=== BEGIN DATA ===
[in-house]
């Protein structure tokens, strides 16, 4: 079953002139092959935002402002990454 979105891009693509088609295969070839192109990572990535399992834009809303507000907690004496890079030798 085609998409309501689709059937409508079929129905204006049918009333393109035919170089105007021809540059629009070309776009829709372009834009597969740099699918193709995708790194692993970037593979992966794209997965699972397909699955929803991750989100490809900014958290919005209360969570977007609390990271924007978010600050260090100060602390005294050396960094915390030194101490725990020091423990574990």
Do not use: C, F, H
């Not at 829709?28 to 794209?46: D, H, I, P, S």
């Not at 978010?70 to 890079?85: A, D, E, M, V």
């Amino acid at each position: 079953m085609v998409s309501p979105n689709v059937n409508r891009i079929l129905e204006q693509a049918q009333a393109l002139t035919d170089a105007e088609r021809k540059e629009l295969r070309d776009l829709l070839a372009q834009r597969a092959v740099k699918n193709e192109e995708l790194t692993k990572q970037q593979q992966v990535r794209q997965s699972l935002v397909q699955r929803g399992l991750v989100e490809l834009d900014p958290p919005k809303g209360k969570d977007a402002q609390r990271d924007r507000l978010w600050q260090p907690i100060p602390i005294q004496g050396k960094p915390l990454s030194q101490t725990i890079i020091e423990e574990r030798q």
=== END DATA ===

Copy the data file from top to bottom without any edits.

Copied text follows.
[in-house]
């Protein structure tokens, strides 16, 4: 079953002139092959935002402002990454 979105891009693509088609295969070839192109990572990535399992834009809303507000907690004496890079030798 085609998409309501689709059937409508079929129905204006049918009333393109035919170089105007021809540059629009070309776009829709372009834009597969740099699918193709995708790194692993970037593979992966794209997965699972397909699955929803991750989100490809900014958290919005209360969570977007609390990271924007978010600050260090100060602390005294050396960094915390030194101490725990020091423990574990």
Do not use: C, F, H
């Not at 829709?28 to 794209?46: D, H, I, P, S």
């Not at 978010?70 to 890079?85: A, D, E, M, V």
């Amino acid at each position: 079953m085609v998409s309501p979105n689709v059937n409508r891009i079929l129905e204006q693509a049918q009333a393109l002139t035919d170089a105007e088609r021809k540059e629009l295969r070309d776009l829709l070839a372009q834009r597969a092959v740099k699918n193709e192109e995708l790194t692993k990572q970037q593979q992966v990535r794209q997965s699972l935002v397909q699955r929803g399992l991750v989100e490809l834009d900014p958290p919005k809303g209360k969570d977007a402002q609390r990271d924007r507000l978010w600050q260090p907690i100060p602390i005294q004496g050396k960094p915390l990454s030194q101490t725990i890079i020091e423990e574990r030798q």